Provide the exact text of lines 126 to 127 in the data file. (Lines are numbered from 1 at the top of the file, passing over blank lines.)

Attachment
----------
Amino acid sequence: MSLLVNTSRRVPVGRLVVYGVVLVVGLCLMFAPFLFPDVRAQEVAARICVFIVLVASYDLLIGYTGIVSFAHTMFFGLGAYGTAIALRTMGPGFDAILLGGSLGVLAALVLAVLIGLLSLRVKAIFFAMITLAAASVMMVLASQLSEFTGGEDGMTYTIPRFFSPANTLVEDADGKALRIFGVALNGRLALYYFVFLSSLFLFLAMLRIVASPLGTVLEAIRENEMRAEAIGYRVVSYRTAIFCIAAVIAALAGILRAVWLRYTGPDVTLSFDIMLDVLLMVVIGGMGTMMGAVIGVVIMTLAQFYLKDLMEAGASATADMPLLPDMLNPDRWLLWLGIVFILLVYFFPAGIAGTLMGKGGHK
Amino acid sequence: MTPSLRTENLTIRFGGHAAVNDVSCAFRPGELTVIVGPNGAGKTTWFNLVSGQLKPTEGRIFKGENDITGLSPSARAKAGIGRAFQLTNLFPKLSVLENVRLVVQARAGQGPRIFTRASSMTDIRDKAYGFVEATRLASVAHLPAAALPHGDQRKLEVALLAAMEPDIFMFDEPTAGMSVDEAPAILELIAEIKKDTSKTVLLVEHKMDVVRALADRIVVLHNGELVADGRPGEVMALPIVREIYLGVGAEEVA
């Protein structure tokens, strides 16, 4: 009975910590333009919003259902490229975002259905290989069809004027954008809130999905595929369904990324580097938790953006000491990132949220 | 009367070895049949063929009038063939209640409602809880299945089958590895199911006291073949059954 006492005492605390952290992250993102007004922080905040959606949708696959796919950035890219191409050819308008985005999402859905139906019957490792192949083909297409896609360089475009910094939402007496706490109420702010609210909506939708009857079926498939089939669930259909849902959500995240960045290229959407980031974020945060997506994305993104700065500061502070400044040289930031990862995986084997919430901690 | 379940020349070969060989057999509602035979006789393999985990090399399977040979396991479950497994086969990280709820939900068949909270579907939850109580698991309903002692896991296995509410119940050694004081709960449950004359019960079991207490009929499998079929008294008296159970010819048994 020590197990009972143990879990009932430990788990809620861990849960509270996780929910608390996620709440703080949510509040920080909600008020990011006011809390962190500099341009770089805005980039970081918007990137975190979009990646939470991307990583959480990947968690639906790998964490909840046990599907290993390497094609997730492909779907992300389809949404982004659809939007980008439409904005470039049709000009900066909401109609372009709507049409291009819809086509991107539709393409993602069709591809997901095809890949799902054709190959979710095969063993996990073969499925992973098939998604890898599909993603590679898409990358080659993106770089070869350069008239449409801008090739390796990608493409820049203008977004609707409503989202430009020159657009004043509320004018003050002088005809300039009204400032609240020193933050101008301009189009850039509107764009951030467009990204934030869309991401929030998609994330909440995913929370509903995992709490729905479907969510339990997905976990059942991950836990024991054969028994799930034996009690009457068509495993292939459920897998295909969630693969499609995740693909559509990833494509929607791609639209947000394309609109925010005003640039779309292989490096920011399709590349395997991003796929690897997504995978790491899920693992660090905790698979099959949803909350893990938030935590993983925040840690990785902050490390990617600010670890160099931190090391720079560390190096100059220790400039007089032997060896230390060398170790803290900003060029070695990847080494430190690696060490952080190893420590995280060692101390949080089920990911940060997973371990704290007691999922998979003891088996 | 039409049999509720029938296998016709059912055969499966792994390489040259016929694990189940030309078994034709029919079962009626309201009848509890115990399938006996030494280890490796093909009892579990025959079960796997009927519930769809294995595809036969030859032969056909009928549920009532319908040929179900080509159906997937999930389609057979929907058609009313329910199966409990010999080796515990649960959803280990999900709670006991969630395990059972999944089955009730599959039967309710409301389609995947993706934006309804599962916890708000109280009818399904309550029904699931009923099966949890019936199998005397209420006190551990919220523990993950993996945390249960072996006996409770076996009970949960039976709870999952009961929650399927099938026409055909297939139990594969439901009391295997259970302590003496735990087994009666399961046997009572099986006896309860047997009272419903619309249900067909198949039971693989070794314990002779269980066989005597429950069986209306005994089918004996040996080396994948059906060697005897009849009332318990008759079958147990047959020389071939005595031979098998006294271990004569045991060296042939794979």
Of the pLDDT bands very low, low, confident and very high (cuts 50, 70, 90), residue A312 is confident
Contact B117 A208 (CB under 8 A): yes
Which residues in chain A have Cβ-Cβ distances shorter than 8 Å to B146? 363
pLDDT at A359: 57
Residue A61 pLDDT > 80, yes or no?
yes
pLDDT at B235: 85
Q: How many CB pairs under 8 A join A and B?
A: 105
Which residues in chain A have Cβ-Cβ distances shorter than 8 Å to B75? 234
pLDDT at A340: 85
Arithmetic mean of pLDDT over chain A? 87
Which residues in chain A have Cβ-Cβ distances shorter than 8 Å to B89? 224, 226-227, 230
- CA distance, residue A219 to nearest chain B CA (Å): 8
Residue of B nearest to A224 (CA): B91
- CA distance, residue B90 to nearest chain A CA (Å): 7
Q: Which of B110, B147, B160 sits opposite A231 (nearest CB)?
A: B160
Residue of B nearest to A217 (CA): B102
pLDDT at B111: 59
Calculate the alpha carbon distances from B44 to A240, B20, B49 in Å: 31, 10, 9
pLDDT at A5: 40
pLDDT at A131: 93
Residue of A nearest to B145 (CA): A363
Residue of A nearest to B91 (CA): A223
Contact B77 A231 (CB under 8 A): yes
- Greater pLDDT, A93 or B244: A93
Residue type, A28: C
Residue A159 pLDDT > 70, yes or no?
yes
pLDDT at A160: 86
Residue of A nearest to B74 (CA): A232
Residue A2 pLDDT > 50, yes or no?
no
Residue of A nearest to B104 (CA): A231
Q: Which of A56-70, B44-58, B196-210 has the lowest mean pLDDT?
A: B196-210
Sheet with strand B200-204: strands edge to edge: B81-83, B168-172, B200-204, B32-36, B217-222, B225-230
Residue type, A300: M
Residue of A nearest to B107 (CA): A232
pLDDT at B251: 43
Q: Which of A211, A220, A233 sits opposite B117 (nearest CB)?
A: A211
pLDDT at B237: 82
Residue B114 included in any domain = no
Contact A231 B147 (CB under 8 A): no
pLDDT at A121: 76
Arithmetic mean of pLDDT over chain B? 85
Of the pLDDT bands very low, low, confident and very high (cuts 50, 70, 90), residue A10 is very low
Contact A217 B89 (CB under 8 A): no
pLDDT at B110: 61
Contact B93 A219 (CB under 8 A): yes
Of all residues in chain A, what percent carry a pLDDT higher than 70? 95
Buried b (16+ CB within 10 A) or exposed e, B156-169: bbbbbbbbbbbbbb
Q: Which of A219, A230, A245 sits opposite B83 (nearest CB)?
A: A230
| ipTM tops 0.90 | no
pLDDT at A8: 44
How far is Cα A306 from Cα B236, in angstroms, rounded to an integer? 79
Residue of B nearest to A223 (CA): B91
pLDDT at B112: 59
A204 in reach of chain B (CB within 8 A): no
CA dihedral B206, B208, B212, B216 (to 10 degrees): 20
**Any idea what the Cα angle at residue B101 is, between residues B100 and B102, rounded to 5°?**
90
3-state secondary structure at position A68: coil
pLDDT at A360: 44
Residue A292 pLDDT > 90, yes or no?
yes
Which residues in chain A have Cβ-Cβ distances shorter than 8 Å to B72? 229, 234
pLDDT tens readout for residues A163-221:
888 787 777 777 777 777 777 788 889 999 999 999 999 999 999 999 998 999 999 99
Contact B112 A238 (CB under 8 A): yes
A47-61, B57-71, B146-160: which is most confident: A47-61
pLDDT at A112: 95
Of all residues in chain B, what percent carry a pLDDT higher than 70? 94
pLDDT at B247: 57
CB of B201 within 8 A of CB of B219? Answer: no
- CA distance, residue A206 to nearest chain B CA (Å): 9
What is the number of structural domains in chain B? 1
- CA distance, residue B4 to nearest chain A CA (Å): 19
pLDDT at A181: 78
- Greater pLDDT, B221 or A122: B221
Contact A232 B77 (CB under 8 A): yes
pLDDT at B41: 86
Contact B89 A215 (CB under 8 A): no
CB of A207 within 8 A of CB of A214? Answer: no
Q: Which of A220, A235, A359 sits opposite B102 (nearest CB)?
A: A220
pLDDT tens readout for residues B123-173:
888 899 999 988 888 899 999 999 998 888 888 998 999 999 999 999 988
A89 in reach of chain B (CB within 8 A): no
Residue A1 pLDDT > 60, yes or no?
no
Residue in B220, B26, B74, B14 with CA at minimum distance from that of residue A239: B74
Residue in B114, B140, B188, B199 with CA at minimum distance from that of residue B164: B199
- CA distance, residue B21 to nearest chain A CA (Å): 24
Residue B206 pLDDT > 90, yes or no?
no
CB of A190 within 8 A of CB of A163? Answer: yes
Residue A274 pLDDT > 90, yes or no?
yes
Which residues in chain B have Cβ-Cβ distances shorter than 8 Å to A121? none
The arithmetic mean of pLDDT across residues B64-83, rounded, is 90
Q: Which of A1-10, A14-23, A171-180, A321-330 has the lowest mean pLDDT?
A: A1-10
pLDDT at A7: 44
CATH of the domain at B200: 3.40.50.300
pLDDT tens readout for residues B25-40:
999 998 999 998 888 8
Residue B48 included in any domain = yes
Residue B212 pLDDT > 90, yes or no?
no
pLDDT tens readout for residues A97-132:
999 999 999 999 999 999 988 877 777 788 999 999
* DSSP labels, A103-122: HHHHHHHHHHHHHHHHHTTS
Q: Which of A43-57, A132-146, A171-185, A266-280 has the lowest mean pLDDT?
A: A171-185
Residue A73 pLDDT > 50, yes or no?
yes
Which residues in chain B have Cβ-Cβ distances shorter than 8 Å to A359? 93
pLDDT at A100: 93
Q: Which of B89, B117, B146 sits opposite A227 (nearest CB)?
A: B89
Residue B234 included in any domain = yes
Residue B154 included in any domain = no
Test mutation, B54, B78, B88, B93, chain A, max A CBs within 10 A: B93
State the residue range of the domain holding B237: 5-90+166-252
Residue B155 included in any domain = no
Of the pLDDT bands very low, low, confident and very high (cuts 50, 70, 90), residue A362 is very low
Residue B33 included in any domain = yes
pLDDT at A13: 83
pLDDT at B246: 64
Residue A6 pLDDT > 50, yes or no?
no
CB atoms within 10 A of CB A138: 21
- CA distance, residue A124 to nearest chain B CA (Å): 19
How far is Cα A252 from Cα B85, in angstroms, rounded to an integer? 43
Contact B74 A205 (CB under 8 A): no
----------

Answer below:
Q: Which of B89, B117, B146 sits opposite A227 (nearest CB)?
A: B89